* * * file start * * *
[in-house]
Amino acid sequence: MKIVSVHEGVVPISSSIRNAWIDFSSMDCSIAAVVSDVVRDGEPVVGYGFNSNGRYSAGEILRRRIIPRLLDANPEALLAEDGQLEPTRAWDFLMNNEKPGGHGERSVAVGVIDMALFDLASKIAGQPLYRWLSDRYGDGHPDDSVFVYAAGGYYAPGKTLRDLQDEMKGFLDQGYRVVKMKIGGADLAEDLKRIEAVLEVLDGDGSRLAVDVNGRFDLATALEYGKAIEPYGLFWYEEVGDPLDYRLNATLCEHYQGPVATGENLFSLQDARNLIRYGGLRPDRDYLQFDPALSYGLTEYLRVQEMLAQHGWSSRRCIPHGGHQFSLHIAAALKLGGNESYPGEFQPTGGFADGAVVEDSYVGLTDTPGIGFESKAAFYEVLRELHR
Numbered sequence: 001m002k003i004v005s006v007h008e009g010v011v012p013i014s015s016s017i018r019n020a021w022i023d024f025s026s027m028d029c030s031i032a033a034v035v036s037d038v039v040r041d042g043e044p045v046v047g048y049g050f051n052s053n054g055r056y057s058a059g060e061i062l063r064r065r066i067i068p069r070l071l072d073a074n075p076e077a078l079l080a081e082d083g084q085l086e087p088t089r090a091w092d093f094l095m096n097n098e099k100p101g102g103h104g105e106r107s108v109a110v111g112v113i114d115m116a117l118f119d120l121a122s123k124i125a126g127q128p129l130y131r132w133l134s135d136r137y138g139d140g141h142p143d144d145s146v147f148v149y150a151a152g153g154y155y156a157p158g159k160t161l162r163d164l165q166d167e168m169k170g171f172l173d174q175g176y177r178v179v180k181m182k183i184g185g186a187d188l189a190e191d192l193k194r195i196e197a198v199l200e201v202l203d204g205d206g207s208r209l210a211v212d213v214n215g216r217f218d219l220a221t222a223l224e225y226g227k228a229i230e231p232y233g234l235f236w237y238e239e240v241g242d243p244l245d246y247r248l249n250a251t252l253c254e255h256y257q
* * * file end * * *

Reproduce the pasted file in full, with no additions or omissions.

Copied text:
[in-house]
Amino acid sequence: MKIVSVHEGVVPISSSIRNAWIDFSSMDCSIAAVVSDVVRDGEPVVGYGFNSNGRYSAGEILRRRIIPRLLDANPEALLAEDGQLEPTRAWDFLMNNEKPGGHGERSVAVGVIDMALFDLASKIAGQPLYRWLSDRYGDGHPDDSVFVYAAGGYYAPGKTLRDLQDEMKGFLDQGYRVVKMKIGGADLAEDLKRIEAVLEVLDGDGSRLAVDVNGRFDLATALEYGKAIEPYGLFWYEEVGDPLDYRLNATLCEHYQGPVATGENLFSLQDARNLIRYGGLRPDRDYLQFDPALSYGLTEYLRVQEMLAQHGWSSRRCIPHGGHQFSLHIAAALKLGGNESYPGEFQPTGGFADGAVVEDSYVGLTDTPGIGFESKAAFYEVLRELHR
Numbered sequence: 001m002k003i004v005s006v007h008e009g010v011v012p013i014s015s016s017i018r019n020a021w022i023d024f025s026s027m028d029c030s031i032a033a034v035v036s037d038v039v040r041d042g043e044p045v046v047g048y049g050f051n052s053n054g055r056y057s058a059g060e061i062l063r064r065r066i067i068p069r070l071l072d073a074n075p076e077a078l079l080a081e082d083g084q085l086e087p088t089r090a091w092d093f094l095m096n097n098e099k100p101g102g103h104g105e106r107s108v109a110v111g112v113i114d115m116a117l118f119d120l121a122s123k124i125a126g127q128p129l130y131r132w133l134s135d136r137y138g139d140g141h142p143d144d145s146v147f148v149y150a151a152g153g154y155y156a157p158g159k160t161l162r163d164l165q166d167e168m169k170g171f172l173d174q175g176y177r178v179v180k181m182k183i184g185g186a187d188l189a190e191d192l193k194r195i196e197a198v199l200e201v202l203d204g205d206g207s208r209l210a211v212d213v214n215g216r217f218d219l220a221t222a223l224e225y226g227k228a229i230e231p232y233g234l235f236w237y238e239e240v241g242d243p244l245d246y247r248l249n250a251t252l253c254e255h256y257q